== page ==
The HEAT Is On: Dehydration and Sports

Pro Athletes Not the Only Ones That Need to Worry About Dehydration

A bizarre air conditioning malfunction in game one of the NBA Finals in San Antonio left the Miami HEAT’s biggest star, LeBron James, writhing in pain.

Severe cramps in his legs sidelined the team’s leader, and dashed the hopes of a HEAT victory for the game. Temperatures inside the arena climbed to over 90 degrees for most of the contest, creating a potentially dangerous situation for players used to the comforts of a cool venue. The unusually high temperature was caused by an unexplained electrical failure in the power system that runs the AC system in the AT&T Center.

This is not the first time that James has been hard hit by dehydration during the NBA Playoffs or Finals, according to ESPN.

Whether you are a world class athlete, a weekend warrior or someone who works outdoors, staying hydrated can be a challenge in South Florida’s sweltering summer sun.

While Harlan Selesnick, M.D., HEAT Team Physician and Doctors Hospital Center for Orthopedics & Sports Medicine orthopedic surgeon, was on the sidelines with James last night, Agueda Hernandez, M.D., shares her thoughts on dehydration.  Losing fluids so rapidly can lead to heat stroke or other dangerous conditions, according to Dr. Hernandez, a Baptist Health South Florida family practice specialist.

“Sweat is our body’s way of keeping cool, but when we perspire we lose body fluids and that can lead to dehydration,” she said. “Drinking water or other fluids is a must before you head outdoors to exercise.”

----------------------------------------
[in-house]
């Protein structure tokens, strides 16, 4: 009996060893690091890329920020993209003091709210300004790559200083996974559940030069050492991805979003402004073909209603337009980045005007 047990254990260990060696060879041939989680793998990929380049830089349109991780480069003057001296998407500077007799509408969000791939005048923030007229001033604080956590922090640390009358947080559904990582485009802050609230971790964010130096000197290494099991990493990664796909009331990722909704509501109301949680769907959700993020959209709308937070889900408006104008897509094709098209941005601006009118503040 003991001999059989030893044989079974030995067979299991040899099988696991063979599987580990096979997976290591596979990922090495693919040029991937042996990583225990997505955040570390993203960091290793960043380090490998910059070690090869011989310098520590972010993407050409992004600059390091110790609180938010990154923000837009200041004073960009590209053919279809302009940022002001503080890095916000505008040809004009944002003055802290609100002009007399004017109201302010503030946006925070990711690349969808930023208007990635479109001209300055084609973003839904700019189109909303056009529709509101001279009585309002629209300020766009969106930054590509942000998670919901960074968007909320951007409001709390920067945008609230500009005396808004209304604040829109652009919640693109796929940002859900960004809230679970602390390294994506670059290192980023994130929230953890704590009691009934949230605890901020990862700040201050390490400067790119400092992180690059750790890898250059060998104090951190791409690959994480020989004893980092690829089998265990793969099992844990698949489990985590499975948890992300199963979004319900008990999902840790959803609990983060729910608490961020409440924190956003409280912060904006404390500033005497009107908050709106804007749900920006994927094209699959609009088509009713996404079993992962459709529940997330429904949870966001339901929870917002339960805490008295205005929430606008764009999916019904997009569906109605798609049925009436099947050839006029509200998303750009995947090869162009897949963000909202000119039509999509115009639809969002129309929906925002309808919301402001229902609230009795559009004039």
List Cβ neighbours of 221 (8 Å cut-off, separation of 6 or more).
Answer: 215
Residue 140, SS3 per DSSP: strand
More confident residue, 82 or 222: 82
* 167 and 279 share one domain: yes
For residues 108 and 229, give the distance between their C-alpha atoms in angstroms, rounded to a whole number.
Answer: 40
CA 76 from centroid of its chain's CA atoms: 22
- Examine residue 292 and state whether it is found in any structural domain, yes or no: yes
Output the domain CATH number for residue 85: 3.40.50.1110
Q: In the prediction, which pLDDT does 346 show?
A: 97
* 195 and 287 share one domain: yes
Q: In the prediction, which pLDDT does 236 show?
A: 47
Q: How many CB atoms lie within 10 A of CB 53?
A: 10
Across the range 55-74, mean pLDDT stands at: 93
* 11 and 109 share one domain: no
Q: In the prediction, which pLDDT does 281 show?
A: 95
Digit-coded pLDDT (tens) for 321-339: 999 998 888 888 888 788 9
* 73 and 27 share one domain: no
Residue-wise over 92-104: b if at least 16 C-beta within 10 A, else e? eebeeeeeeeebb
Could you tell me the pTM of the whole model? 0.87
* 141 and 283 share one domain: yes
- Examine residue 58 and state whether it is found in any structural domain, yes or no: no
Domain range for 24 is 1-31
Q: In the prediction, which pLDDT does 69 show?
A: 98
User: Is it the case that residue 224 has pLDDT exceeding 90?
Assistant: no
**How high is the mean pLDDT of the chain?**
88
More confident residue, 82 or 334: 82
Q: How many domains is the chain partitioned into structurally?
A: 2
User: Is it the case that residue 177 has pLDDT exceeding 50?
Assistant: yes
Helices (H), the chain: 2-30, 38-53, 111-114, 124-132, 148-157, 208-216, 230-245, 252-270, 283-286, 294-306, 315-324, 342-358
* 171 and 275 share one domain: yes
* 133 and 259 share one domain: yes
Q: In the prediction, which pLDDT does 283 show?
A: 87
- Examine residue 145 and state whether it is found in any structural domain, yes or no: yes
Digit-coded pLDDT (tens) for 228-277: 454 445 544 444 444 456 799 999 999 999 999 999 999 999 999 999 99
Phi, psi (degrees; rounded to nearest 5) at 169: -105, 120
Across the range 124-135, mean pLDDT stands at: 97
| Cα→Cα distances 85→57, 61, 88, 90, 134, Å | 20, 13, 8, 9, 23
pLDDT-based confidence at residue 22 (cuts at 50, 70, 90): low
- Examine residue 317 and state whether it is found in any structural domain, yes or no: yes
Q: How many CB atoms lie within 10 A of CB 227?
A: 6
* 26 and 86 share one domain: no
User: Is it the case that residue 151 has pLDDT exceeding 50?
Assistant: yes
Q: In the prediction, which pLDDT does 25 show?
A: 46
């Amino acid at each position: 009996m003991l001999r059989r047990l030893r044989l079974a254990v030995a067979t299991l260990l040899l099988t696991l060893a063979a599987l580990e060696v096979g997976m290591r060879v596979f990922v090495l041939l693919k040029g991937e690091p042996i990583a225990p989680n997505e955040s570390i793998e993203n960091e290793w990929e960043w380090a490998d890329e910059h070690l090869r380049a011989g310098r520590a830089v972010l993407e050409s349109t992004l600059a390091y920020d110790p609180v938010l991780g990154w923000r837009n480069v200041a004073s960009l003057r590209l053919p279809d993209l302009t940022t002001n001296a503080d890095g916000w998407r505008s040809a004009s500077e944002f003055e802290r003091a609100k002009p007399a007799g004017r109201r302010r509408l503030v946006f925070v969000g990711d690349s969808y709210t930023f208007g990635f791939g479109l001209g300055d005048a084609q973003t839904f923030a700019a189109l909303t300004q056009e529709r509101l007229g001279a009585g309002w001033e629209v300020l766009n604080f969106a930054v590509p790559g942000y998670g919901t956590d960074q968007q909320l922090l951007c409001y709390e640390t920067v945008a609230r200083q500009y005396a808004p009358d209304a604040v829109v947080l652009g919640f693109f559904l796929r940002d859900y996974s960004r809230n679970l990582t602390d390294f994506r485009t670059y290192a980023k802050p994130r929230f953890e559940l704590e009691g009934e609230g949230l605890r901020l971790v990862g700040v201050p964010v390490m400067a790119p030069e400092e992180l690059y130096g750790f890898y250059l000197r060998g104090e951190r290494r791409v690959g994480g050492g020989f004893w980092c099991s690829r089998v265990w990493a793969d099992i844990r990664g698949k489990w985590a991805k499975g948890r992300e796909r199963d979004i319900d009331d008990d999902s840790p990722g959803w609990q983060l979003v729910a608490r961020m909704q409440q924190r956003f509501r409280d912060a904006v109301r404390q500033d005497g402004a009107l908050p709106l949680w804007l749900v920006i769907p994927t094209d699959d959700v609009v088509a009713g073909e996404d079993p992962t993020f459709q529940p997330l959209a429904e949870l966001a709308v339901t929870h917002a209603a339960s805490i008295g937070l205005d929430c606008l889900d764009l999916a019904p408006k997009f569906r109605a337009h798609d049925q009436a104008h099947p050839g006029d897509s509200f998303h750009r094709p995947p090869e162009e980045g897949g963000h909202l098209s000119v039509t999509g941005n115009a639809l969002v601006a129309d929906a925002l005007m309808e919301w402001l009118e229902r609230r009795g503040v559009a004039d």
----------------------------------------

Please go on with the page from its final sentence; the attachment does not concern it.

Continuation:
Dehydration can become a serious health threat. She added: “Severe dehydration requires immediate medical attention, to avoid progression to heat stroke, which can result in death or cause damage to the brain and other internal organs.”

Dr. Hernandez offers these tips on beating the heat:

  • Try to drink at least every 15 to 20 minutes, or as needed.
  • Use a sports drink if you will be exercising for longer than one hour.
  • Do not drink coffee, colas, or other drinks that contain caffeine. They increase urine output and make you dehydrate faster.
  • If you are on a high-protein diet, make sure that you drink at least eight to 12 glasses of water each day.
  • Avoid alcohol, including beer and wine. They increase dehydration and make it hard to make good decisions.
  • If possible, exercise very early in the day or very late to avoid the hottest parts of the day.
  • “My best advice on how to prevent cramps is to not play a basketball game in 100 degree temperatures,” Dr. Selesnick said.

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